The times given are for the Traverse City/Interlochen area of Michigan. They may be different for your location.

Addendum

Orion rising

Orion rising in the light of a super moo at 8 p.m.,, about 3 hours after sunset, December 4, 2017. Created using Stellarium.

12/01/2017 – Ephemeris – A look at how the ancients saw their world at the Rogers Observatory tonight

December 1, 2017 1 comment

Ephemeris for Friday, December 1st. The Sun will rise at 7:59. It’ll be up for 9 hours and 4 minutes, setting at 5:03. The Moon, 2 days before full, will set at 6:22 tomorrow morning.

This evening’s meeting of the Grand Traverse Astronomical Society starting at 8 p.m. at Northwestern Michigan College’s Rogers Observatory will be yours truly’s biennial December program on mostly Ancient Cosmologies, a look at the cosmologies or world view of many mostly pre-scientific cultures, including the Biblical world view. We’ll see how these ideas are alike and different for cultures spread across distance and time. I’ll finish with a modern unscientific and throwback cosmology of the believers in a flat Earth. At 9 p.m. there will be a star party at the observatory, and another program if it’s cloudy. All are welcome. The observatory is located south of Traverse City on Birmley Road.

The times given are for the Traverse City/Interlochen area of Michigan. They may be different for your location.

11/30/2017 – Ephemeris – Previewing December skies

November 30, 2017 1 comment

Ephemeris for Thursday, November 30th. The Sun will rise at 7:58. It’ll be up for 9 hours and 5 minutes, setting at 5:03. The Moon, 3 days before full, will set at 5:07 tomorrow morning.

Tomorrow starts the last month of the 2017. We are now in the holiday season and about to celebrate the southernmost travel of the Sun in the sky and its return northward. The Sun will stop its travel south, the winter solstice on the 21st at 11:29 a.m. That will make that day the shortest day in terms of daylight hours. However the earliest sunset and latest sunrise don’t coincide with that date. The reason is the Earth is closer to the sun than average and moving faster in its orbit of the sun than it normally does. It skews the sunrise and sunset times, making them later than they would be on average. That makes the sunset times bottom out about December 9th. at 5:02 p.m. And that latest sunrise will top out on January 2nd at 8:20 a.m.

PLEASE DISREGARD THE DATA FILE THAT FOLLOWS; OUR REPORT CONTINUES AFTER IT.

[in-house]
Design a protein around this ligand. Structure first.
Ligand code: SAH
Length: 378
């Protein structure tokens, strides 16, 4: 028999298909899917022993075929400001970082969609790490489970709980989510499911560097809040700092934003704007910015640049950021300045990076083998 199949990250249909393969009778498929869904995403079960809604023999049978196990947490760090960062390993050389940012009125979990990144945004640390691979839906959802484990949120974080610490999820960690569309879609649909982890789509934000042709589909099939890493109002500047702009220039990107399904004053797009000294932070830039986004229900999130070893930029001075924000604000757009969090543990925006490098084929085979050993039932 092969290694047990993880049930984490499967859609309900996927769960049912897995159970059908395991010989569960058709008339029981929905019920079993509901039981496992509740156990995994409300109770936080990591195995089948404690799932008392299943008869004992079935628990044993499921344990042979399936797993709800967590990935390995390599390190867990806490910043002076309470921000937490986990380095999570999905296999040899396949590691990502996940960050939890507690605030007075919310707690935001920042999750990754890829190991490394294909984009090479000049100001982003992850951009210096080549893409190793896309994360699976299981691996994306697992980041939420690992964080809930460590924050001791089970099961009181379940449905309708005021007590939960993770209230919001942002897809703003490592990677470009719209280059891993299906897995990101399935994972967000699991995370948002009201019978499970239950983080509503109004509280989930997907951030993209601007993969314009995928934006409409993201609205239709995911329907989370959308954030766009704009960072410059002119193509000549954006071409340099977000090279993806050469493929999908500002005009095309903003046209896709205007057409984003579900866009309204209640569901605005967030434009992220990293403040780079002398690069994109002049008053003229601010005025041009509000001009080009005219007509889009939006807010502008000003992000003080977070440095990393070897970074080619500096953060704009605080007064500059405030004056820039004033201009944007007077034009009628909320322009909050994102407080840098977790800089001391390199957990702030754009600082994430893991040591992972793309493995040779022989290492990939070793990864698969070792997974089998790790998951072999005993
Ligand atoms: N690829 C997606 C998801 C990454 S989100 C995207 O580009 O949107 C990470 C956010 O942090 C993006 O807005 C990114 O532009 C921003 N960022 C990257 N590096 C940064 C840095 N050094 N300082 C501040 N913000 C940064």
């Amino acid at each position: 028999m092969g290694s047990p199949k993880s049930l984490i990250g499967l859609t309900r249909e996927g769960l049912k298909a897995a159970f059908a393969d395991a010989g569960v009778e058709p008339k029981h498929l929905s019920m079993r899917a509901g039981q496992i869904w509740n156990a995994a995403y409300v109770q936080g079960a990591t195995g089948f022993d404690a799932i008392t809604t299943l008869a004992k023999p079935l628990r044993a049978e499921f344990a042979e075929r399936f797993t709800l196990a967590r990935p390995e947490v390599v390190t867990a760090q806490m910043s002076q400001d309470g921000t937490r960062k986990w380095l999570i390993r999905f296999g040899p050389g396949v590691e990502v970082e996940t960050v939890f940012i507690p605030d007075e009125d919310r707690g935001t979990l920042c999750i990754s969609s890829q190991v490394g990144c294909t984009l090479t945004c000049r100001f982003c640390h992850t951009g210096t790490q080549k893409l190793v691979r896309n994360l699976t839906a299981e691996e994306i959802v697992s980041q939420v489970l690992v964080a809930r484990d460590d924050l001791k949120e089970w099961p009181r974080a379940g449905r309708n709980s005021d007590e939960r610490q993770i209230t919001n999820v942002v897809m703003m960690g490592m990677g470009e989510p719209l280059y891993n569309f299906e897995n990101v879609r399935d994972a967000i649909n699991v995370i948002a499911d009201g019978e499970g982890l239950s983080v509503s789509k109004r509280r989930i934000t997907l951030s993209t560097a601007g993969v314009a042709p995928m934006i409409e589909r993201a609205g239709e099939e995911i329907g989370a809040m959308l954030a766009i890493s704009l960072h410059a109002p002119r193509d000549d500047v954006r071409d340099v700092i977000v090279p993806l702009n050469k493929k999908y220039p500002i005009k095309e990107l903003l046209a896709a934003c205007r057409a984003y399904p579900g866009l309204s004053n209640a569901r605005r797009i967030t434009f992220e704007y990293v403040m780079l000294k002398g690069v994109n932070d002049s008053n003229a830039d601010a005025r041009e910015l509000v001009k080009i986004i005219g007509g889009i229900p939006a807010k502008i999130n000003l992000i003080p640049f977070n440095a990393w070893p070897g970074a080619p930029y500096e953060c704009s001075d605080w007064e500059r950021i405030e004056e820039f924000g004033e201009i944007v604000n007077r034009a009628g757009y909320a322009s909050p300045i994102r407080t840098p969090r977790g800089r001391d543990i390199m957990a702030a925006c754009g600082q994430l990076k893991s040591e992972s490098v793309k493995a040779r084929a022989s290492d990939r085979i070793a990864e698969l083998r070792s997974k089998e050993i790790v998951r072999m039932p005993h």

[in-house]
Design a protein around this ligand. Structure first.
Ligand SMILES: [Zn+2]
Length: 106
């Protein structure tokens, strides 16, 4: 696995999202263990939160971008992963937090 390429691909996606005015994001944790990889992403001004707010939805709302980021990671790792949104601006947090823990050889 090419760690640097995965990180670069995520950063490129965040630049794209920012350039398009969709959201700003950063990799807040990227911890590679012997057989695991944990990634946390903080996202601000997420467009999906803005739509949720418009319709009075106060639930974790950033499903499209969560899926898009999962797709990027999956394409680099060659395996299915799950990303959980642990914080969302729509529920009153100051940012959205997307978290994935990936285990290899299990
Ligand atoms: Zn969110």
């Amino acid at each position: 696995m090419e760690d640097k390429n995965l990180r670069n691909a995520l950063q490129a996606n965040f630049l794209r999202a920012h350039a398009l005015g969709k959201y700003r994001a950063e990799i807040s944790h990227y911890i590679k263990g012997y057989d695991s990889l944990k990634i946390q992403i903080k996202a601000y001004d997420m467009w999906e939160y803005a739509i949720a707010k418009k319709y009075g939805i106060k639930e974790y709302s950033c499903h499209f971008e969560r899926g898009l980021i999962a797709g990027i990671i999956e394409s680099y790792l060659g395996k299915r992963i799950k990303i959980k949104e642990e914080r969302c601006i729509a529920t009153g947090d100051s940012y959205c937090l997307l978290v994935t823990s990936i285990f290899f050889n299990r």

The times given are for the Traverse City/Interlochen area of Michigan. They may be different for your location.

Addenda

December Evening Sky Chart

December 2017 star chart

Star Chart for December 2017 (9 p.m. December 15, 2017). Created using my LookingUp program. Click on image to enlarge.

The planets and stars are plotted for the 15th at 9 p.m. EDT in the evening and 6 a.m. for the morning chart. These are the chart times. Note that Traverse City is located approximately 45 minutes behind our time meridian. (An hour 45 minutes behind our daylight saving time meridian. during EDT and 45 minutes behind our daylight standard time meridian. during EST). To duplicate the star positions on a planisphere you may have to set it to 1 hour 45 minutes (Daylight Time) or 45 minutes (Standard Time) earlier than the current time if you are near your time meridian.

Note the chart times of 9 p.m. and 6 a.m. are for the 15th. For each week before the 15th add ½ hour. For each week after the 15th subtract ½ hour. The planet positions are updated each Wednesday on this blog. For planet positions on dates other than the 15th, check the Wednesday planet posts on this blog.

December Morning Star Chart

Star Chart for December 2017 mornings

Star Chart for December 2017 mornings based on 6 a.m. December 15th. Created using my LookingUp program. Click on image to enlarge.

For a list of constellation names to go with the abbreviations click here.

  • Pointer stars at the front of the bowl of the Big Dipper point to Polaris the North Star.
  • Follow the arc of the handle of the Big Dipper to the star Arcturus.
  • The Summer Triangle is in red
  • GemR is the Geminid meteor shower radiant. Peaks on December 14th, the Moon will not interfere this year.

Twilight

Evening nautical twilight ends at 6:16 p.m. EST on the 1st, decreasing to 6:21 p.m. EDT on the 31st.
Evening astronomical twilight ends at 6:51 p.m. EST on the 1st, decreasing to 6:56 p.m. EDT on the 31st.
Morning astronomical twilight starts at 6:20 a.m. EST on the 1st, and increasing to 6:35 a.m. EDT on the 31st.
Morning nautical twilight starts at 6:56 a.m. EST on the 1st, and increasing to 7:10 a.m. EDT on the 31st.

NASA Calendar of Planetary Events

  Date      Time    Event